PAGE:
Comoros Island's Home Pages. Martin and Harriet Ottenheimer.
Reviewed by Iain Walker
Published on H-SAfrica (May, 2000)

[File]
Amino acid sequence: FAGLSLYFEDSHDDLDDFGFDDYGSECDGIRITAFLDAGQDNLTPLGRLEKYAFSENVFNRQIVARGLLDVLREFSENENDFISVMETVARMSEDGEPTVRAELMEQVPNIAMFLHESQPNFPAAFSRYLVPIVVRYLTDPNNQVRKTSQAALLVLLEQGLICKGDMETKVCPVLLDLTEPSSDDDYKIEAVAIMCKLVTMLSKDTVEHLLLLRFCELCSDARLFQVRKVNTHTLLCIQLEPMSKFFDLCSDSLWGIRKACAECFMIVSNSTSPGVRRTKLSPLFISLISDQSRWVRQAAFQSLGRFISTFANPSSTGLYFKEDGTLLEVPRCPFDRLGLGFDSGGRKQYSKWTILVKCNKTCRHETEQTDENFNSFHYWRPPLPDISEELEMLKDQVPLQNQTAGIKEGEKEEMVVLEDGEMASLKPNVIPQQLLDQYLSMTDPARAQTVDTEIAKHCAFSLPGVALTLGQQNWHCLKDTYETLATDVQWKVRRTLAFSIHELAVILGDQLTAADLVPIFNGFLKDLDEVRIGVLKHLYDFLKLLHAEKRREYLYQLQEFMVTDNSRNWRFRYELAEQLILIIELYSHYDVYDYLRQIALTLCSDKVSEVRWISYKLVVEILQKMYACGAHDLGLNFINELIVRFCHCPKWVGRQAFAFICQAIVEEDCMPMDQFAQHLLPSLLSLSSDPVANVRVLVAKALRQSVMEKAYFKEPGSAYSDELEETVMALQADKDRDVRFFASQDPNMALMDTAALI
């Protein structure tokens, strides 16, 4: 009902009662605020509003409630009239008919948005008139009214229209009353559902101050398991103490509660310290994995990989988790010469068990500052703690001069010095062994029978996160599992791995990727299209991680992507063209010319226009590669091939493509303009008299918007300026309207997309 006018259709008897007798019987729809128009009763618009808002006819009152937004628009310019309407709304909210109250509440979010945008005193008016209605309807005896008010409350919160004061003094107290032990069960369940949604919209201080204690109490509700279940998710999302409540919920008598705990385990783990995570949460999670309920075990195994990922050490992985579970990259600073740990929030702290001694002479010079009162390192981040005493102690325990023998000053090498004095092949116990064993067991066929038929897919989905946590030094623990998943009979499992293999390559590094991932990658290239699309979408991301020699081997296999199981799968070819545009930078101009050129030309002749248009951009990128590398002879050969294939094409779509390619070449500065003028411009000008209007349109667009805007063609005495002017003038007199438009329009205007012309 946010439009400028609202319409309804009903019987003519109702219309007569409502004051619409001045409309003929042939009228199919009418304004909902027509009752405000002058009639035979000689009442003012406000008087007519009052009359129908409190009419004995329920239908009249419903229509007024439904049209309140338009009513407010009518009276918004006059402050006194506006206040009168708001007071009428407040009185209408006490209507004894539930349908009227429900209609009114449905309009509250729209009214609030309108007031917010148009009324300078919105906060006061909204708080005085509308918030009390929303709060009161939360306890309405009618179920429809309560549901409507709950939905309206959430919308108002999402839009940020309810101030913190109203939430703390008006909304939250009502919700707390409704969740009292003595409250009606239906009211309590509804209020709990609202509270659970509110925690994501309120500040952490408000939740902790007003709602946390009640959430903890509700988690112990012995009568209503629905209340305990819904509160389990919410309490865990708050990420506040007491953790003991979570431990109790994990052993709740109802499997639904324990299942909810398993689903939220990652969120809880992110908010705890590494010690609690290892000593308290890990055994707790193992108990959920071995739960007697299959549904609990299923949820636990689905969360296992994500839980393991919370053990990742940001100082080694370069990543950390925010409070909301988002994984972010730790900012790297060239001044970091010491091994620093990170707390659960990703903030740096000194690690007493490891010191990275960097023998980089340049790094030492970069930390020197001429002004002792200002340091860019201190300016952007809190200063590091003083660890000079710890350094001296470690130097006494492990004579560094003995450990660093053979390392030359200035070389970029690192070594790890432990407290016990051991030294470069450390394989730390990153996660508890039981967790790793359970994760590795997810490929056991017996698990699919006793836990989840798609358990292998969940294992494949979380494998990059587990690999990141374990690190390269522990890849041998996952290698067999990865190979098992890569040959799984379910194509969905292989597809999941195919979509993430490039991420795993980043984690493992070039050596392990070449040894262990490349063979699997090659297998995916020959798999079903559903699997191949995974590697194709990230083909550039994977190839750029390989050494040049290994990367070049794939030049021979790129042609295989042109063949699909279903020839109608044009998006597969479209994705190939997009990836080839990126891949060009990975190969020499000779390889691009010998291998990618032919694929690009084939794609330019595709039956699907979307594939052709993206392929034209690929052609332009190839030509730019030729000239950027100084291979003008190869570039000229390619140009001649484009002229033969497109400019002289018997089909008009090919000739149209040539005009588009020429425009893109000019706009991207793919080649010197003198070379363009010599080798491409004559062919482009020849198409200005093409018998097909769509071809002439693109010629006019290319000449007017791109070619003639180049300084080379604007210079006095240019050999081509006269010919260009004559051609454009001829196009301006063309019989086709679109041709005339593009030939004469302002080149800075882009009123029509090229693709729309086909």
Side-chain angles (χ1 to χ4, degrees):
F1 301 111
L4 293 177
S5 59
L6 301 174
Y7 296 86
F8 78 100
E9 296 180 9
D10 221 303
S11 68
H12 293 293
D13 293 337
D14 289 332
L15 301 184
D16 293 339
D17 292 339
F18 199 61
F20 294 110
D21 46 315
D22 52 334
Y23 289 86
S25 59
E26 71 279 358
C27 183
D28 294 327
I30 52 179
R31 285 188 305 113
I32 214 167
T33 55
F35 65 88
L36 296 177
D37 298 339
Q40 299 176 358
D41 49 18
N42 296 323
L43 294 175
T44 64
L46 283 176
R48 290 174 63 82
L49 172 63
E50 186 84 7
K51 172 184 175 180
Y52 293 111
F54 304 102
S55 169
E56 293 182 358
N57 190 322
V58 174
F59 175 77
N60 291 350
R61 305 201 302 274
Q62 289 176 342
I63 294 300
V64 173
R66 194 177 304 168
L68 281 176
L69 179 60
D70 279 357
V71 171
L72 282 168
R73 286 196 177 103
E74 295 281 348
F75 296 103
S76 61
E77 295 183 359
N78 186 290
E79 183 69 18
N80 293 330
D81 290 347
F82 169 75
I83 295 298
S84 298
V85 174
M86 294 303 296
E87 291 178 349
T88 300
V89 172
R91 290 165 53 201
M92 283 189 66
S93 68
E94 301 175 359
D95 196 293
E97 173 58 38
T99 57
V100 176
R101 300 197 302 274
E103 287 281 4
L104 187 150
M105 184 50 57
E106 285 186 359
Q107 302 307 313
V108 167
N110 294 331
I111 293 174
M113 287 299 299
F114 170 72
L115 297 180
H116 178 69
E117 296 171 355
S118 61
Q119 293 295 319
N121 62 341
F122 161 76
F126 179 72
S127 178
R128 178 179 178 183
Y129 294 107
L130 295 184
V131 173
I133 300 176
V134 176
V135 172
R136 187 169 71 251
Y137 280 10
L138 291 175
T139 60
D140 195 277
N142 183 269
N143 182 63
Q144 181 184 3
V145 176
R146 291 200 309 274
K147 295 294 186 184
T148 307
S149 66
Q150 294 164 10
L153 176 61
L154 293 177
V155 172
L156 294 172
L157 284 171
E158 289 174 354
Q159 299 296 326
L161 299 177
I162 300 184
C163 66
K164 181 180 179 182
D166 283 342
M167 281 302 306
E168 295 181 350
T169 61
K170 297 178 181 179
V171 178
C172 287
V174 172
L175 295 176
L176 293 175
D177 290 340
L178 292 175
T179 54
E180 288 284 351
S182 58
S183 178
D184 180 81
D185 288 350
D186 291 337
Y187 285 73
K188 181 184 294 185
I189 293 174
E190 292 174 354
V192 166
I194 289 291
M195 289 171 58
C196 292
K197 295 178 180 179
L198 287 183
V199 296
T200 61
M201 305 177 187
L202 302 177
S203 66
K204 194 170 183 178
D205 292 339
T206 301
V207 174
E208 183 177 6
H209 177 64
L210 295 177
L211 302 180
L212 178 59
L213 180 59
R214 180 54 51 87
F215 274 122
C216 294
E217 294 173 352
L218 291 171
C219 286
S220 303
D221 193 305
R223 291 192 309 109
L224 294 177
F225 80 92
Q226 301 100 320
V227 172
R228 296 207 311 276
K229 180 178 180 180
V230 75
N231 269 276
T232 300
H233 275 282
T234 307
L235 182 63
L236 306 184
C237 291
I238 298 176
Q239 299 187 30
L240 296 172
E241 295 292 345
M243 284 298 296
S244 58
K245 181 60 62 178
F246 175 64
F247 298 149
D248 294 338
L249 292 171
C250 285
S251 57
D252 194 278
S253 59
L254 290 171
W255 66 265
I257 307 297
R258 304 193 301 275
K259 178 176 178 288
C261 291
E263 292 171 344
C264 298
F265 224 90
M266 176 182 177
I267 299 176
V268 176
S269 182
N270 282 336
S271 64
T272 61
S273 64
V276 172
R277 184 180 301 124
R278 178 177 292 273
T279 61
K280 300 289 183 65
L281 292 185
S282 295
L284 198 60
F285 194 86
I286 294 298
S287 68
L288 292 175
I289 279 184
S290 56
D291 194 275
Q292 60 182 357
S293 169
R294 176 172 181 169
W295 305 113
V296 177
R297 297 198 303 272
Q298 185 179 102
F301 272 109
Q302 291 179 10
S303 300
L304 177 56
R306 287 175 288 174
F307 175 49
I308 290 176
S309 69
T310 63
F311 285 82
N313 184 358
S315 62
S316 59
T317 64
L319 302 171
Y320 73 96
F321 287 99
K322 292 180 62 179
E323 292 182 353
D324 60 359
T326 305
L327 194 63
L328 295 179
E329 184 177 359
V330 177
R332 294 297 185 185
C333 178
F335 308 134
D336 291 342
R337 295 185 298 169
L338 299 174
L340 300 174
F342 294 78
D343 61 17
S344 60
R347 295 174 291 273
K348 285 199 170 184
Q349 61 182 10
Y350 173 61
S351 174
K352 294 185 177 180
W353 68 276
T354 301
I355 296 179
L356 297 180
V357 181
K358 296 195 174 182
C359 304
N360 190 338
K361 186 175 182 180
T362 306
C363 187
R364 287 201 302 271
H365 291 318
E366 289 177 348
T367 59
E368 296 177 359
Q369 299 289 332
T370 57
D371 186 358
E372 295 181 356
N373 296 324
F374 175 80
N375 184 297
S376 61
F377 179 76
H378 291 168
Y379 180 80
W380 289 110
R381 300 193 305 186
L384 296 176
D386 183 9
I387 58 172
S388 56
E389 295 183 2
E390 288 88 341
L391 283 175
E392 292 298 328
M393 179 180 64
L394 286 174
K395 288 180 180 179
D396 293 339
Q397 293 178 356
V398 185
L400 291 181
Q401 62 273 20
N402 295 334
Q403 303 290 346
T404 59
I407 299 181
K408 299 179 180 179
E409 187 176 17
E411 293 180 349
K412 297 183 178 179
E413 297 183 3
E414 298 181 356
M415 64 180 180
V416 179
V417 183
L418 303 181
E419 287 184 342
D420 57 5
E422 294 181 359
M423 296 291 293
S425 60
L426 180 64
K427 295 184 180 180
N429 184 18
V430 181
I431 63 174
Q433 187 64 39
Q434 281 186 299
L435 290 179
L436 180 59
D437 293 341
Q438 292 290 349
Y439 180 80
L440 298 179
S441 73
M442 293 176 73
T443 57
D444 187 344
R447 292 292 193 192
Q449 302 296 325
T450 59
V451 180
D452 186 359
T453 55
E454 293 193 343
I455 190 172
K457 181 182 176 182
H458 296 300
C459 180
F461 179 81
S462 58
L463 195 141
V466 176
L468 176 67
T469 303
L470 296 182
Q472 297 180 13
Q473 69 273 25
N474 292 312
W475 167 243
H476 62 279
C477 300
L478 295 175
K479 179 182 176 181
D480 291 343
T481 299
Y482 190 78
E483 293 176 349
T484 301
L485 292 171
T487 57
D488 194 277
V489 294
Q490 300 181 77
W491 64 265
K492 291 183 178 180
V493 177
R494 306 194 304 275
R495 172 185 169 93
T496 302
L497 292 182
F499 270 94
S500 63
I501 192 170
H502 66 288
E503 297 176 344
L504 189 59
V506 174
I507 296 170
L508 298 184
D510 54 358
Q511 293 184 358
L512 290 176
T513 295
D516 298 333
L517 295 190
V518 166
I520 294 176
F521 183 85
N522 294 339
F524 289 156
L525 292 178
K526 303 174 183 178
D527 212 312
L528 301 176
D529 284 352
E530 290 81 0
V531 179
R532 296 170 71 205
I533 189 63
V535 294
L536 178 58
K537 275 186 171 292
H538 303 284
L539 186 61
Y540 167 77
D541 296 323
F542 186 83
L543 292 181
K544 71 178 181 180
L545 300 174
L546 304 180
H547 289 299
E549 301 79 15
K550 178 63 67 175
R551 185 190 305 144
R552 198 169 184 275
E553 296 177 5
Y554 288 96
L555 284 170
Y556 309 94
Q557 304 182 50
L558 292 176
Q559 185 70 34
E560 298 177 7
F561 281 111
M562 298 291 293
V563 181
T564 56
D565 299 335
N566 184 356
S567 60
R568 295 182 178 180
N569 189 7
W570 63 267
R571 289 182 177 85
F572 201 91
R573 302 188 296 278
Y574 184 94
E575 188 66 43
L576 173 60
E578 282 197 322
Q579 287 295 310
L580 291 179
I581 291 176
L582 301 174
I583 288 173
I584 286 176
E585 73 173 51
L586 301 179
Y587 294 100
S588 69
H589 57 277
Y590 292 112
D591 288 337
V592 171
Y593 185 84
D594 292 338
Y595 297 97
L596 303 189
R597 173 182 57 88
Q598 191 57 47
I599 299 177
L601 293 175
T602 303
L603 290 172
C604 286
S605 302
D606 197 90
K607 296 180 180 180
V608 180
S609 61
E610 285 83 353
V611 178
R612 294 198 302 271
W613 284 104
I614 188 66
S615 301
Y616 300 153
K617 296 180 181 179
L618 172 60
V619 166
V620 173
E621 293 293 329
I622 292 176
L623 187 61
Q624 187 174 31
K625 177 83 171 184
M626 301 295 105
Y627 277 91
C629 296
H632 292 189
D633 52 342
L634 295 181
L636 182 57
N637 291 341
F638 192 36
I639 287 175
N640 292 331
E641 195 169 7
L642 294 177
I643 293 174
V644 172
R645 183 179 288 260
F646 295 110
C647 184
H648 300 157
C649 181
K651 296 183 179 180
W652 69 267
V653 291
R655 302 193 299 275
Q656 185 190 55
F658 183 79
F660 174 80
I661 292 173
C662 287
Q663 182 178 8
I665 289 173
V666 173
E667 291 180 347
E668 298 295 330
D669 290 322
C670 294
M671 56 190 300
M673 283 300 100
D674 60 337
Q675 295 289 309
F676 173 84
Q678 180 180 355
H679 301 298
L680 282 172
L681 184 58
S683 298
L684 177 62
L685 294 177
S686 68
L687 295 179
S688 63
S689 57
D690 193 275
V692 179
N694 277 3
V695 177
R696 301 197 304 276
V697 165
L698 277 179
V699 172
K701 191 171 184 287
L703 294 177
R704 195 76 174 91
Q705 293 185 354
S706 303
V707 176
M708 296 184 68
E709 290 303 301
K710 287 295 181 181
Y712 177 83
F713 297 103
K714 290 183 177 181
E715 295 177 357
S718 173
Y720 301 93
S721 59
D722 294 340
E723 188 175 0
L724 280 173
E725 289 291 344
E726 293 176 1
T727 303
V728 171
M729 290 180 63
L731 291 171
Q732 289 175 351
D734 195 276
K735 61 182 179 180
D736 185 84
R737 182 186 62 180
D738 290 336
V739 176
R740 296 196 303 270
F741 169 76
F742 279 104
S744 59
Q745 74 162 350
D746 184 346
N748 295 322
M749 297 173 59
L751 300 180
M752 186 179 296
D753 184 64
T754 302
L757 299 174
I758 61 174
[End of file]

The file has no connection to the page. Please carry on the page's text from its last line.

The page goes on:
The Comoro Islands, situated between northern Madagascar and the coast of Mozambique, are of interest to the historian by virtue of their position, both physical and cultural, at the intersection of several worlds: African, Arab, Austronesian and South Asian. <p> Archaeological evidence is still lacking, but the evidence suggests that the islands were first inhabited early in the first millennium AD and would thus have formed an important link in the Indian Ocean trading networks which encompassed much of Southern Asia (from the Indonesian Archipelago to the Levant) and the East African coast, and which included Madagascar. <p> Early trade routes between insular South East Asia and East Africa, used by the first inhabitants of Madagascar, almost certainly included the Comoros, and the islands later developed into a southern centre of the Swahili cultural and economic zone. Arab, particularly Hadhrami, and Shirazi connections preserved the relationship between the Comoros and south west Asia and allowed for the extension of these networks to Madagascar. <p> The Comoros developed as a supply point on the European route to the east and were later pivotal in the Indian Ocean slave trade. Despite colonial neglect in the first half of the twentieth century, as recently as the 1980s the islands were again playing an important role, particularly in the apartheid regime's quest to maintain its influence in the region by serving as a stepping stone to Renamo rebels in Mozambique and, allegedly, by playing a role in the international arms and drugs trade. <p> Despite the seemingly exponential increase in the quantity of resources available online, the Comoros frequently miss out and if search engines return several thousand URLs, most of them are almost entirely empty of Comoros-related material. A real Comoros site is therefore particularly welcome. <p> <cite>'Comoro Islands' Home Page'</cite> <p> The Comoro Islands' Home Page is one of the oldest such sites. It is maintained by Martin and Harriet Ottenheimer, anthropologists whose involvement with the Comoros (specifically the island of Ndzwani-Anjouan) dates back to the 1960s and whose familiarity with the islands is evident in their site. <p> The entry point is a brief introductory page, whose text includes links to graphics and maps (the latter could be more informative) and is followed by a site table of contents and a list of links to other sites. <p> The table of contents is organised by themes (geography, language, economy, and so on) and leads to pages each with a concise treatment of the topic concerned. Not all the links are active, however: religion and art will be welcome additions as and when they appear. <p> The links section includes a dozen Comoros sites, mostly English-language, and with significant content. They include US government pages, sites concerned with bats and the coelacanth, and a few academic and public organisation pages which themselves contain both text and more links. <p> In terms of content, this site is a good general introduction to the islands for the English speaker. The various pages collectively present a concise but complete overview of the islands for the interested layman and are clearly distilled from several sources and backed up by personal knowledge. <p> However, the site is definitely aimed at the layman and not at the researcher: content is concerned with presenting an overview. The exception is the inclusion of a very complete and useful collection of bibliographical pages, classified by topic, which is also relatively up to date, including references from 1998. Shortcomings, from a researcher's point of view, concern the lack of references, which are not included in the body of the text, but which could make use of the capabilities of HTML, without disrupting the flow of the text. <p> Indeed, generally, better use of the medium would be welcome, in taking advantage both of the possibilities for interlinking documents and of the facility by which sites may be updated and changed. Despite being an internet site, there is a sense that it is little more than an electronic rendering of a static document. This impression is reinforced by the fact that it is a personal page and as such there is no third party input in terms of content. However, given the number of English-speaking Comoros scholars in the world, this is a forgivable fault. <p> There are nevertheless a few curious errors. The etymology of the names Moroni (the national capital) and Comoro itself are both linked to the Bantu word <cite>moro</cite>, fire. This was a popular misconception in the colonial era, seeing the origins of the names in the presence of the volcano, but has since been quite effectively dismissed. The name Moroni is a French invention by insertion of an extra vowel into <cite>mroni</cite>, "at the river", while the etymology of Comoro is generally accepted to be found in the Arabic <cite>qamar</cite>, moon. Support for this latter etymology lies in the fact that not only does the name refer to all four islands (and only one has an active volcano), but that prior to European contact the name <cite>Qomr</cite> (in its various orthographies) referred to Madagascar and associated islands. <p> There is also some ambiguity in the statement that Domoni traded with Japan (presumably, in the context, referring to the fifteenth century): there is no evidence of direct contact between the Comoros and Japan prior to European contact in the early sixteenth century--indeed, there is not even direct evidence that the Ming fleets touched the islands, which would be a more real possibility; and, as far as I am aware there is no evidence either that Japanese exports reached the Comoros or Comorien exports reached Japan by way of intermediaries at this early date. <p> There is, finally, what would appear to be a typographical error, attributing the French annexation of Ndzwani to 1909: it in fact occurred in 1908 at the same time as the other islands. <p> One link from this site deserves special mention: <cite>Comoros: A Country Study</cite>, which is extracts from the Library of Congress Area Handbook Series (http://lcweb2.loc.gov/frd/cs/kmtoc.html) and is based in large part on the 1982 published volume <cite>Indian Ocean: Five Island Countries</cite>, edited by Frederica M. Bunge. This is effectively an online book, and as such is a valuable resource. It has been well researched, as indicated by the extensive bibliography, but although the work is a joint effort, and contains appropriate acknowledgments, I could find no clues as to the contributors' identities. This is unfortunate in a work that is both detailed and, to the newcomer to Comorien studies, apparently authoritative. <p> <cite>Comoros: A Country Study</cite> is authoritative, to a certain degree. There are very few published English-language texts dealing with the Comoros that are not specialised in one field or another--Malyn Newitt's <cite>The Comoro Islands: Struggle Against Dependency in the Indian Ocean</cite> is the only one that springs to mind, and so the appearance of this edition is very welcome. The errors and biases that have crept in are certainly a reflection of the sources rather than the editors' perspective(s) (which may explain their anonymity), but a corollary of this is the lack of analysis applied to the text. It appears as straightforwardly factual, but with a subject as scantily documented as the Comoros, this is a difficult position to maintain. <p> Certain misconceptions are repeated--the list of ethnic groups, which has been discarded after being a feature of the literature for many years, is still present; and the section on society generally is too brief to be a useful reflection of the reality. The text is, as befits a US government publication, essentially concerned with political and economic history, current affairs and strategic considerations. <p> It is clear that these are extracts from a book: all sections are headed "Comoros", despite some being concerned exclusively with other countries in the region (were they included by error?). This is, fortunately, quite clear from the context, but, generally speaking, the interface is rather unattractive (some colour and a few inline images would be welcome). It is particularly unfortunate that there is no easy facility for printing (pdf files, for example), since reading texts of this length on a screen is often an unappealing proposition. <p> <cite>'MweziNet'</cite> <p> MweziNet is a French language site devoted to all aspects of the Comoros. Run on a voluntary basis by a group of individuals with close Comorien connections, the site is both attractive and well organised (although the way some of the links on the first page are presented is not always conceptually clear). It has sections devoted to particular aspects of the islands including the media, culture, history, economy, politics, tourism, music and literature. Each section contains contributions from individuals with competencies in the relevant fields and many of the articles have been specifically written for MweziNet. In this sense, MweziNet is an online journal for the Comoros, and for Comoriens, as well as for foreigners. <p> Note that the English language version of the site is currently limited to little more than a translation of the entry page. Whether a full English translation of the site is necessary, desirable or even possible is a moot point: the majority of those interested would be likely to read French. <p> The press pages contain a list of current Comorien periodicals, published either in France or in the Comoros and include contact details. There is also an article giving an overview of the Comorien media. There are up to date news articles concerning the Comoros drawn from a number of sources, principally Comores-Infos, an online journal, but also from the Comorien and French press. Many of these are editorial-type articles devoted to topical issues, others are news items. In a separate category a calendar lists coming events organised by the Comorien diaspora in France. There is also a classified small ads section. <p> Other useful, general interest links include a collectors' corner, with sections devoted to numismatics, philately, postcards and telephone cards; music, largely dedicated to contemporary Comorien artists but with a well-written and informative article on the history of Comorien music; and, a new item, the online shop, selling a range of spices and essential oils at very competitive prices. <p> The strength of MweziNet, however, is its wealth of articles on issues of contemporary importance in the general field of the social sciences, particularly on issues related to economic and social development. The various headings-- politics, economics, cultural associations, society and tradition and history--lead to links that contain both factual details concerning these various aspects of Comorien society as well as documents of a more analytical nature. <p> Many of these articles are written by experts in their fields--among them Damir Ben Ali, Sophie Blanchy and Mohamed Ahmed-Chamanga--and if some are only summaries of the general state of knowledge in the relevant domain, others are valuable contributions to the study of the Comoros that are not, or are not easily, available elsewhere. This is particularly true of the sections on politics and economics, where a selection of primary sources can be found: the text of the recent "Tana Accords", propositions for a resolution of the current political crisis, is just one example. <p> Descriptions of community-based development efforts, often but not always written by those involved, give valuable insight into the dynamics of Comorien--and particular Grande Comorien--society. One notable characteristic of Grande Comore is the social cohesion attributable to customary practice and the age system. There is a large emigrant community in France, and links between members of the diaspora and their native village is strong. Development is a constant issue, and remittances make a significant contribution, both financially and socially, to national development. <p> Linked to MweziNet, and managed by the same group, is the Comorien mailing list <cite>Habari</cite>, which provides a forum for discussion of the Comoro Islands. If the discussions--frequently political in nature--are heated, this is no more than a reflection of contemporary Comorien issues and the list is very much an electronic version of the <cite>bangwe</cite>, or village square. <p> MweziNet is more than a website. It is an electronic focal point for Comorien cultural expression and a valuable repository for documents dealing with the islands. Its very strength lies in the diversity of its contributors and the quality of their contributions. Although there are the inevitable (minor) technical problems that creep into websites, overall the site is a valuable resource for the serious scholar and an informative site for the interested layperson. <p> An added bonus is that the site is well-designed, with a good use of colour, inline images where appropriate, and a well-judged balanced of short, general-interest documents and longer, in-depth articles. And, lest MweziNet be accused of isolationism, there are appropritate links to other online resources embedded in the text.